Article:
At a time when festivals and live audiences are boldly and bravely on track again, a Gala concert launching a new season is a fine way to recognise musicians who have contributed to successful past events, a chance to stimulate audiences with a taste of the future, and to provide a launching platform for exciting new young talent. It allows directors such as Australian Digital Concert Hall’s Adele Schonhardt to welcome the coming year’s artists and supporters, while encouraging audiences to explore new subscription packages for live and online performances. Galas are happy occasions.
Laura Vaughan, bass viol, and Donald Nicolson, harpsichord, are a well-loved and colourful partnership. Both performers and their instruments just look great. They opened tonight’s launch of the ADCH, with a rich and fruity set of 17th century English Country Dance tunes in a way one’s imagination was able to travel to a different time and place – just what we needed in today’s hot summer pandemic climate. Buoyant and energetic, John Playford’s Paul’s Steeple was a fine example of English early dance music, with much personality and joy being felt in the repetitions and variations of the stanzas of this invigorating line dance. We were delighted with a technically brilliant bass viol solo verse, with flamboyant keyboard displays, and a robust and energetic sound. Two pieces by Tobias Hume – My Hope is Revived (The Lady of Suffolkes Delight) and My Joys are Coming (The Lady of Bedford’s Delight – showed the contrasting style of the “gentler folk” with an elegance and refinement befitting the 1607 collection of Hume’s Poetical Musicke. Beauty and charm flavoured the duo’s last folk-like melody, the popular evergreen, Greensleeves, its variations taken from anonymous handwritten pages of Christopher Simpson’s The Division Viol of 1659.
As we anticipate and then hear new young talent, the highlighting of ADCH Next Generation Artist, violinist Leon Fei, was of significant interest. Winner of the 2020 Bach Competition (Richard Mills Prize), Leon’s choice of two unaccompanied movements from the J.S. Bach’s Partita No 3 in E was perfect for this occasion. This mature and confident soloist has a striking presence. He moves beautifully with his instrument, his pristine accuracy, mature control and expressiveness is exceptional. In the 2nd movement, Loure, rich and broadly toned phrases contrasted with finer softer statements in true Baroque style. The 3rd movement from the 6 movement Partita, Gavotte en Rondeau exemplified Leon’s colourful tone, subtle and gorgeous ornamentation, and his love of Bach’s music. Too brief an appearance, we want more of this young man’s admirable musicianship.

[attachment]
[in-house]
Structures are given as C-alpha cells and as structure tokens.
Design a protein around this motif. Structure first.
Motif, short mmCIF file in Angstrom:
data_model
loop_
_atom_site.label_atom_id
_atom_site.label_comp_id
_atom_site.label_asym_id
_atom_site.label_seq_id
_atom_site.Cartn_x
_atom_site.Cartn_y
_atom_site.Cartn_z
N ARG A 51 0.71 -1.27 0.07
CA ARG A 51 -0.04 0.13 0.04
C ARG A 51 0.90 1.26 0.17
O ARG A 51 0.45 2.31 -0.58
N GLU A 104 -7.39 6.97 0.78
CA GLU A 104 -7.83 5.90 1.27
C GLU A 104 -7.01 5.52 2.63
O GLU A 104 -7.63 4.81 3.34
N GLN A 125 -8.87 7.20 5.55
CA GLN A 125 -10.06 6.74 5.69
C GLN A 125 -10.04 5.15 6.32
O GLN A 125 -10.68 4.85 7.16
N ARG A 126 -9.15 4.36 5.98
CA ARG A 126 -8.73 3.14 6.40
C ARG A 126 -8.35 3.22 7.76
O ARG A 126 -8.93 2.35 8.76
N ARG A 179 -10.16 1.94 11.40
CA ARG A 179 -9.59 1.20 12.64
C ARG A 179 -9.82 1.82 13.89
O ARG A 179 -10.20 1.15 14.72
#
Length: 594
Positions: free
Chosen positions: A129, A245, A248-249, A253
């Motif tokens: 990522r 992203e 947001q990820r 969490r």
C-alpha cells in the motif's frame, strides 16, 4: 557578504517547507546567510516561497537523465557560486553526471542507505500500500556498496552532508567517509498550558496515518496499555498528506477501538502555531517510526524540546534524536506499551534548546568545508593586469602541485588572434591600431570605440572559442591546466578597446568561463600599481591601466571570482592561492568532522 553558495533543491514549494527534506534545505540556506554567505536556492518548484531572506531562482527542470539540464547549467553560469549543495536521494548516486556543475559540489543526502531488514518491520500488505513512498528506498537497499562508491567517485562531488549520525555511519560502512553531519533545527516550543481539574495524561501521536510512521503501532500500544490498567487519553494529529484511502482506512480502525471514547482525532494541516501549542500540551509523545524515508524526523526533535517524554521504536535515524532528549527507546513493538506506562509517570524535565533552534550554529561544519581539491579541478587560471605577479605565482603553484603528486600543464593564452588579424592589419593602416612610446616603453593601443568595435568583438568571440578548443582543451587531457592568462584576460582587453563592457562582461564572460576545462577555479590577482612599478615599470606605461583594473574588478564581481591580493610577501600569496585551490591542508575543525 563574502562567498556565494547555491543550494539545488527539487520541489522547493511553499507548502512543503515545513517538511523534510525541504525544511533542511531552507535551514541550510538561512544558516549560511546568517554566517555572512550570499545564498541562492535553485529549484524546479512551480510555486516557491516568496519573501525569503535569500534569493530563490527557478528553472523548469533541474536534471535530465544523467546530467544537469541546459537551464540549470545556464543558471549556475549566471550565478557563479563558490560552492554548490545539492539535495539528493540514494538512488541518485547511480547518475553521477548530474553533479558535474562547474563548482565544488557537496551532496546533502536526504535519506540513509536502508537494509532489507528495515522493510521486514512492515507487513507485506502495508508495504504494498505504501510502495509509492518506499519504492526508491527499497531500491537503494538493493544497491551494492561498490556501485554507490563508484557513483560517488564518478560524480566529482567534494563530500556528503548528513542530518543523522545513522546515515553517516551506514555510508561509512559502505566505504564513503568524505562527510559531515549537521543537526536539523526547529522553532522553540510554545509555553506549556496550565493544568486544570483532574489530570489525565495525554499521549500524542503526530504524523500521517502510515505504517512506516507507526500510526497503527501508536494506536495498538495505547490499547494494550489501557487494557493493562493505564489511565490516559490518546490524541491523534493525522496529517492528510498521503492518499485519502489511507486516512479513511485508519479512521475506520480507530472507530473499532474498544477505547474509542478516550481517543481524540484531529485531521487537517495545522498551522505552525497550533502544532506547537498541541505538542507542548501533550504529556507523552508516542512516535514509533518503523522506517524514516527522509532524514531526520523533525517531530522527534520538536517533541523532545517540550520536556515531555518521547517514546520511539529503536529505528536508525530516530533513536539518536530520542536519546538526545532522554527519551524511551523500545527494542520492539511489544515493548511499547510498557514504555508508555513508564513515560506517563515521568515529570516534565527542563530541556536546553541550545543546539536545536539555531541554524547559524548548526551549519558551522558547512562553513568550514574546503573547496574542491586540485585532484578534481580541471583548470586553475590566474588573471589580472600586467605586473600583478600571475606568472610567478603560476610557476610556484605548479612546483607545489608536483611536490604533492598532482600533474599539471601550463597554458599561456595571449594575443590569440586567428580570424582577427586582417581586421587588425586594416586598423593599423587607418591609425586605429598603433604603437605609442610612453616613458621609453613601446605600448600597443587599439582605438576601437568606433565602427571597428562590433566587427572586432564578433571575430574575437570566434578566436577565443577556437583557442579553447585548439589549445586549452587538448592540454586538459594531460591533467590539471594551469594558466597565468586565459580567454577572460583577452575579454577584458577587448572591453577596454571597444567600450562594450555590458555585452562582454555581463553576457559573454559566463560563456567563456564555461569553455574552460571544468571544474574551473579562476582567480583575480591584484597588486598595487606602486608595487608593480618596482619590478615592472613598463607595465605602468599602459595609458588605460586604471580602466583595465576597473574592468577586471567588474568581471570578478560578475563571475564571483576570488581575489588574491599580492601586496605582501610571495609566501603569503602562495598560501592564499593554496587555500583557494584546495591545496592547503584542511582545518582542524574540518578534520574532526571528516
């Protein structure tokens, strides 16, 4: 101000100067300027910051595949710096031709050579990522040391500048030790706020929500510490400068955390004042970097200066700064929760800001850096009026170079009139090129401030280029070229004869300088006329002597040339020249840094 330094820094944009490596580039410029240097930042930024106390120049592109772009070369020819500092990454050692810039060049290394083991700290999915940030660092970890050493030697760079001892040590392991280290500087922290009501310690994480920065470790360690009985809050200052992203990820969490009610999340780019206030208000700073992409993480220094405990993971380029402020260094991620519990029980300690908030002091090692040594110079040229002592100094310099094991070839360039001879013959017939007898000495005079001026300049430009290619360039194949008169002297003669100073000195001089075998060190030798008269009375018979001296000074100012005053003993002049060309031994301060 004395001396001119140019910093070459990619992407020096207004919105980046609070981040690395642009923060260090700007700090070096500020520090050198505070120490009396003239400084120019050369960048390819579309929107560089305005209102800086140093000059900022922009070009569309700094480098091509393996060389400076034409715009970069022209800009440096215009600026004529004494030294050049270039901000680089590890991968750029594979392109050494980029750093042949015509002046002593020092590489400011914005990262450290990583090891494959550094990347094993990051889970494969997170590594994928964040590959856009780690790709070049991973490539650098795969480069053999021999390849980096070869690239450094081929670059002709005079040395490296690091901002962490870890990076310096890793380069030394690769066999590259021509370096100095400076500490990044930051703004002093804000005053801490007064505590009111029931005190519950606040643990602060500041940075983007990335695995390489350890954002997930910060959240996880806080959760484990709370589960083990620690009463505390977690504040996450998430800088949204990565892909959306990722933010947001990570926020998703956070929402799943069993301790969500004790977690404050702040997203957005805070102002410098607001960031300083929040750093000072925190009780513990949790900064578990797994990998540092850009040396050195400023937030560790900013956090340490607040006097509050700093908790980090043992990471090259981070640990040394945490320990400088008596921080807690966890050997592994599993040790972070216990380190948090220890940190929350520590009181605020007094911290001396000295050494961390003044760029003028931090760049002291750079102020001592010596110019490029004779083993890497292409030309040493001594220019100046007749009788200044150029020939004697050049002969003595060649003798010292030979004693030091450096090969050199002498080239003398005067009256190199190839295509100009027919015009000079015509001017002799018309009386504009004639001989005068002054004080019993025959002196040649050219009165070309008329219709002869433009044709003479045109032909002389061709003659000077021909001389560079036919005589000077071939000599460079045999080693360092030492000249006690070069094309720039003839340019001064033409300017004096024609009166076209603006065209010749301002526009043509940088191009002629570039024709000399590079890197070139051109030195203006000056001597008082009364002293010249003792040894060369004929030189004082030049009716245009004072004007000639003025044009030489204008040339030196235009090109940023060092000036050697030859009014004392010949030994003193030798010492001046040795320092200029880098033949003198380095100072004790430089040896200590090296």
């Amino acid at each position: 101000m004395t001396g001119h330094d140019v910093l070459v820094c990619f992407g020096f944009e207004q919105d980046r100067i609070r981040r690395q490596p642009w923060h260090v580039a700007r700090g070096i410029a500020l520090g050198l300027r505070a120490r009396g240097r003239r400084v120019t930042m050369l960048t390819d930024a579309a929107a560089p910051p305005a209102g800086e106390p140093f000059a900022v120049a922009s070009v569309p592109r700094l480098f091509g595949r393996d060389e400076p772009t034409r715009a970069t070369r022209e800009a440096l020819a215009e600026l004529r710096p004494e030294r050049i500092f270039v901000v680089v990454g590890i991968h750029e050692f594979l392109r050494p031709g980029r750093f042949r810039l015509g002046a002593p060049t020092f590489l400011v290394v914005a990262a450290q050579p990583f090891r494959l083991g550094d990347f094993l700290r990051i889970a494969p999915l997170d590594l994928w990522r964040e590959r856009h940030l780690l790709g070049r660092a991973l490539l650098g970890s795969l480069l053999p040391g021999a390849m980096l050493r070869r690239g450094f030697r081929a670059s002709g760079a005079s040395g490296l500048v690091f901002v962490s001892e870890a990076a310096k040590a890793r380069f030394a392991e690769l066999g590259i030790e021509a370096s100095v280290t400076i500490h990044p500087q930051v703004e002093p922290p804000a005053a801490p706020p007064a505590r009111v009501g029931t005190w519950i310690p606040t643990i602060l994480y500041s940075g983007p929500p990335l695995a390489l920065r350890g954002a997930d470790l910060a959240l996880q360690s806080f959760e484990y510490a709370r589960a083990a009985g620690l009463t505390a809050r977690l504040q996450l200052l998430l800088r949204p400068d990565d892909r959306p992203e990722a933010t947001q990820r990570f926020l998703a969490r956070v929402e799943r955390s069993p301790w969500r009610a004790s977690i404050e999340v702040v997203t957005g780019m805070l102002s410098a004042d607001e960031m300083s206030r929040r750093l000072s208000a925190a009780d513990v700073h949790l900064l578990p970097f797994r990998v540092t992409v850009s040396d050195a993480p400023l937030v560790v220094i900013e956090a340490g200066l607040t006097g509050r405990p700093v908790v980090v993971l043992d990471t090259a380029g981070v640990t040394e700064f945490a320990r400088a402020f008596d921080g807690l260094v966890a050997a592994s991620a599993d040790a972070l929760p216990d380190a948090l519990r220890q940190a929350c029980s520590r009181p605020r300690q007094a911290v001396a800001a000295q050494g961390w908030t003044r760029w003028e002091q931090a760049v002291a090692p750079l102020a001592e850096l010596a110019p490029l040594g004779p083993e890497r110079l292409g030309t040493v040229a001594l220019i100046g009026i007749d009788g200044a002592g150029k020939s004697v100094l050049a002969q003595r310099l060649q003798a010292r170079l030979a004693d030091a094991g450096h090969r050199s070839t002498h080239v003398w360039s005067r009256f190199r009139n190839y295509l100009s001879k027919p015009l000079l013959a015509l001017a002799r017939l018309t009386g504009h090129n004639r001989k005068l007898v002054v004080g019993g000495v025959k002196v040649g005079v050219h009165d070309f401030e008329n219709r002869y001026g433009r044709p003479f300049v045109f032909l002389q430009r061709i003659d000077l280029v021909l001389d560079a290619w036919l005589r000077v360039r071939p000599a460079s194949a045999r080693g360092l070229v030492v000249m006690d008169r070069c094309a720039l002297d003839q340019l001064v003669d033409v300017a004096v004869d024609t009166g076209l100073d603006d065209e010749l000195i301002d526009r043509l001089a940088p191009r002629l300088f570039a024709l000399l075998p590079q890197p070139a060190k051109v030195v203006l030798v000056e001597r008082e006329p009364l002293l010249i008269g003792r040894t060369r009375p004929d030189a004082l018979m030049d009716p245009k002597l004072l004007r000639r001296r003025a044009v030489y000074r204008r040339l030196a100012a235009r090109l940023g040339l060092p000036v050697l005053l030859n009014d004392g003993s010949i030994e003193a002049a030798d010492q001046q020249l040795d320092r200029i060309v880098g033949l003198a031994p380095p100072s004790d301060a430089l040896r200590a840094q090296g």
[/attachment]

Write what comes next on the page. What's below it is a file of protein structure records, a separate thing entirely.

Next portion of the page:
Tchaikovsky’s String Sextet in D minor, Op 70, Souvenir de Florence, comprised the greater part of the program, with violinists Natalia Harvey and Emily Beauchamp, and violists Merewyn Bramble and Katherine Brockman teaming with cellists James Morley and Anna Pokorny. The opening Allegro movement was full of Romantic spirit, its grand waltz melodies sweeping us into the nostalgic and sonorous atmosphere of the historical Athenaeum 2. This was an experienced, expressive and united ensemble, whose teamwork produced a deceptively larger orchestral tone.
Natalia Harvey showed assertive and authoritative leadership, exploiting Tchaikovsky’s high climactic ascending runs with power and passion in her solo work. The Adagio gave her a legato, lyrical, almost balletic sweeping melody above an opening softer pizzicato string accompaniment, until cellist James Morley swept in to partner her in the dance. Romantic melodies were shared as brief solos with string accompaniment, until all instruments became unified in rhythm, producing a less dramatic hymn-like, almost reverential quality. The 3rd movement Allegro continued the sharing of melodic and echoing phrases, at first charming and light, then developing into more energetic gypsy dance steps, stronger dynamics and heavier footsteps. Tchaikovsky is the master of ballet and theatre in his orchestral writing; his uplifting and physical style still permeated the 3rd and 4th Movements with typical minor key folk melodies, energetic dance shapes and stirring successions of repetitions and sequences of climactic runs. Solo themes were shared around perfectly, and true to the composer’s intentions, an exciting and wild acceleration by this marvellous group took us to a satisfying conclusion.
A vivid sense of gala performance was felt by the appreciative audience.
We look forward to more excitement, exhilaration and enjoyment from ADCH in 2022!
Julie McErlain reviewed Australian Digital Concert Hall’s 2022 Opening Gala as presented online from the Athenaeum Theatre 2 on January 27, 2022.